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  • nerd question – ping times across wireless lan
  • Premier Icon joemarshall
    Free Member

    So,

    I have a wifi router connected to the internet, and two devices attached to it wirelessly.

    If I ping from one to the other, it seems to take 53 or 104ms each time (jumps around from one to the other).

    If from either device I ping google.com, it takes 43 to 45 ms.

    This is annoying, as one of them is sharing files to the other, and it slows things down somewhat.

    Any ideas what is making this happen? Is it just that my wifi router is rubbish? Any settings I should be messing with somewhere?

    Premier Icon scaled
    Free Member

    WiFi is a shared media like an old hub/bus so it’s half duplex (unless you’re a boffin from Stanford)

    104ms is a bit crap though, try plugging a cable in to one or the other and see if it drops massively, you should be getting ping times of <10ms really.

    Depends how much you want to tinker but DD-WRT will give you a hell of a lot more tuning options than the stock firmware on your router.

    Oh simple things, make sure that you’re not sharing a channel with anyone elses wireless network in the local area!

    Premier Icon joemarshall
    Free Member

    Further to this, if from either device I ping the router (even at the same time on both devices), it takes 1ms

    Premier Icon TrevorB
    Full Member

    Try hardwiring them to the router and ping again. You will probably see around the 30-35ms mark, so wireless is not as bad as it seems.

    Premier Icon joemarshall
    Free Member

    With one of them plugged into the router (and the other wireless), I get 1ms ping in both directions.

    With both of them hardwired together direct, I get <1ms ping time.

    Joe

    Premier Icon MicArms
    Free Member

    try tracert the path taken?

    Premier Icon Cougar
    Full Member

    Rebooted the rooter lately?

    Premier Icon coffeeking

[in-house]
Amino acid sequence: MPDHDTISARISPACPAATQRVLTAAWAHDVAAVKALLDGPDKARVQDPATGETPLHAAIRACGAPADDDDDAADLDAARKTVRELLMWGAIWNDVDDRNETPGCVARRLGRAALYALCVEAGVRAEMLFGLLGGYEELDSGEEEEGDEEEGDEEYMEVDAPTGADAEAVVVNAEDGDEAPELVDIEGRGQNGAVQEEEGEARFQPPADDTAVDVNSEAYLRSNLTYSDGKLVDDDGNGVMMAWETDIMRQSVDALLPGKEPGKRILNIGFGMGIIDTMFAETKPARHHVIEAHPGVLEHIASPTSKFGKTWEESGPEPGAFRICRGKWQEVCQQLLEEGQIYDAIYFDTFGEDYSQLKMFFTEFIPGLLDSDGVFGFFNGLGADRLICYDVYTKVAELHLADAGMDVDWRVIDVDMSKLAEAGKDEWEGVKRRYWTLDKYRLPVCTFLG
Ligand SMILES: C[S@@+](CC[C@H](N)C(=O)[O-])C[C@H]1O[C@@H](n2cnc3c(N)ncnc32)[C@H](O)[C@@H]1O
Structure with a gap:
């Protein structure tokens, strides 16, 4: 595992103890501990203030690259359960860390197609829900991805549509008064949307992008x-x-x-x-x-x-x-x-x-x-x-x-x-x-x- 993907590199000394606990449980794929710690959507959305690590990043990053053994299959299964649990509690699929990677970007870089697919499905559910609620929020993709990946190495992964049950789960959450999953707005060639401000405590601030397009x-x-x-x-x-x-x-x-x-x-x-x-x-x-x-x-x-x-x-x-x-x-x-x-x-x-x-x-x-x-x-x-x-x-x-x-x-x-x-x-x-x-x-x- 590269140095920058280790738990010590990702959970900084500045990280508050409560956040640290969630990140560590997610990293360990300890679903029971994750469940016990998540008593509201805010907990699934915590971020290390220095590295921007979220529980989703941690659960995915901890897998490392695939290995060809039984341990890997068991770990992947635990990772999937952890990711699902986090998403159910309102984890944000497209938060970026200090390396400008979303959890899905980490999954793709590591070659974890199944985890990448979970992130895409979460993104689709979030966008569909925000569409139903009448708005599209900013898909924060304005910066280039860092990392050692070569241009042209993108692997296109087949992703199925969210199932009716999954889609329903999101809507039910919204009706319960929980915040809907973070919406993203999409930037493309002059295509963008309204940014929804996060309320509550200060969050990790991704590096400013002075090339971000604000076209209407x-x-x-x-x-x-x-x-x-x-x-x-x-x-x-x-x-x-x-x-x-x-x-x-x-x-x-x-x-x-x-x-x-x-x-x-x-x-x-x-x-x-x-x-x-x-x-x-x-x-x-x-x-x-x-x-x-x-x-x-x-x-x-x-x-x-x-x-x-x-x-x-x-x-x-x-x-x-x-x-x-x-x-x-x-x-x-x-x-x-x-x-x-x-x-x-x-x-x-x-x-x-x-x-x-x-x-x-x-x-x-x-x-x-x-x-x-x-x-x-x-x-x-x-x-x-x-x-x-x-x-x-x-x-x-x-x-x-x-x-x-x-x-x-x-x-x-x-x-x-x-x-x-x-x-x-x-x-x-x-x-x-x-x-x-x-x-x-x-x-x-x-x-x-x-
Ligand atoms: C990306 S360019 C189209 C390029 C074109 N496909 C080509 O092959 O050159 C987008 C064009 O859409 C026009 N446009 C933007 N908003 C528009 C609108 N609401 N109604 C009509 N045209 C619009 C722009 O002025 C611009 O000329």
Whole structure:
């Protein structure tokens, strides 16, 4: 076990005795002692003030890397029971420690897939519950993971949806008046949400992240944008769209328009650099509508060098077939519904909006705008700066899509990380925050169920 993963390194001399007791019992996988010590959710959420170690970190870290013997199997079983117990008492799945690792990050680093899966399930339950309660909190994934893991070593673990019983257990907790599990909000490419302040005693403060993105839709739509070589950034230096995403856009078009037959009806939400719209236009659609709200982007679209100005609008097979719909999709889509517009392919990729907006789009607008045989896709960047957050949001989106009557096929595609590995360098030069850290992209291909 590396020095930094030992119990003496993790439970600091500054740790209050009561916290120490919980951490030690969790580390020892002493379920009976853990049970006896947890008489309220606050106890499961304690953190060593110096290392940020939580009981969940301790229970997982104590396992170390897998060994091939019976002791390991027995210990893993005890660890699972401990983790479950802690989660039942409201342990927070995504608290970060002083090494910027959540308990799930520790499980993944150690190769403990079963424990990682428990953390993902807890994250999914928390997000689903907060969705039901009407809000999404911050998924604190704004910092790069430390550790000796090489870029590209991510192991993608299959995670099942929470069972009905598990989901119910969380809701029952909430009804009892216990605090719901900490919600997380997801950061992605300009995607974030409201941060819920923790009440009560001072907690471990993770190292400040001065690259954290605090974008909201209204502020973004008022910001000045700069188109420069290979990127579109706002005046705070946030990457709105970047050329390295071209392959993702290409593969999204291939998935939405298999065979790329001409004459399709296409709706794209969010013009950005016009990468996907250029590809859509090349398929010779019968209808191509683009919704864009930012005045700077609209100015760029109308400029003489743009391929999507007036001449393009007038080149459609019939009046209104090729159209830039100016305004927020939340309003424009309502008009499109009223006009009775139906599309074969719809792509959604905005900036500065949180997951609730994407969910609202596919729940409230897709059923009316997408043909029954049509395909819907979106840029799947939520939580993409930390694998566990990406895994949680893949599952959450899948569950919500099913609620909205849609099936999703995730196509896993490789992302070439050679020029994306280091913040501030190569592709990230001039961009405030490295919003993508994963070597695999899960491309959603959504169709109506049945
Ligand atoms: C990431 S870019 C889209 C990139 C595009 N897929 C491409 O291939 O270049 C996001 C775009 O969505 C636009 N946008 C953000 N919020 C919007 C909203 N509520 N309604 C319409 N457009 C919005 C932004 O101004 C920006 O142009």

Free Member

    Isn’t re-booting the router the IT crowd solution?

    Premier Icon samuri
    Free Member

    for a good reason. 😉 It’s actually a better suggestion that would first be apparent. Most wireless routers have a look see to see what channels are occupied when they boot up. If a new network has appeared since the last reboot, the device may be able to find a better channel.

    FWIW, I’ve always found wireless to wireless communication through non-enterprise wireless routers to be poor. I think the packets keep getting stuck behind the sofa.

    Premier Icon coffeeking
    Free Member

    Really? Mine seems to auto-adjust at any time (taking out the wireless at the same time but keeping the back end running).

    Premier Icon phinbob
    Full Member

    I was seeing poor ping times and some packet loss on my WLAN. I did the usual IT thing of a reboot and code upgrade and that fixed it.

    There doesn’t seem to be a lot of dials to turn on the average home router so sometimes it’s easier to go for for the blunt instrument approach.

    Premier Icon dirtydog
    Free Member

    When they talk too each other they are having to make two jumps across the wireless network, when your ping google from one of your devices your only making one wireless jump across the network.

    Any packet loss between the two?

    Premier Icon Cougar
    Full Member

    Isn’t re-booting the router the IT crowd solution?

    Thinking is,

    Everything else is fast but peer to peer is slow. What’s different in that scenario? p2p, the packets have to go to the router, which then routes, hence the name, back to the other host. This is reportedly slow. Ergo, the problem is probably piss poor routing.

    There’s a million reasons for this. Corrupt ARP table could be one, offhand. Bug in the router which is causing performance issues, overheating, something’s crashed on the protocol stack, etc etc. Which is easier, “log on to the router and attempt to flush the ARP cache” or “turn it off and back on again”?

    It’s a cliché, but there’s often a complex technical reason behind simple fixes.

    A reboot is step one, incidentally. Could just be that it’s a cheap shit router ofc, and this is just what it does. Could be that there’s some sort of translation required, maybe one device is 802.11g and one 802.11n (*handwave*). Maybe it’s decrypting the WPA encoded packets and reencrypting again, introducing an overhead. Could be that there’s merely a small latency issue (hence slower pings) but the actual data throughput is fine and the entire thing is a red herring; worth timing file transfers to see. Could be there’s updated firmware available which fixes it. I could go on. Generally though, there’s little point in fielding every possible scenario for a given problem because it’s a waste of time if step one actually fixes it. Why type half a dozen paragraphs when a sentence may suffice?

    Y’know, just in case anyone else thinks we make this shit up.

    Premier Icon Cougar
    Full Member

    Also, we’re not nerds, gods damn it.

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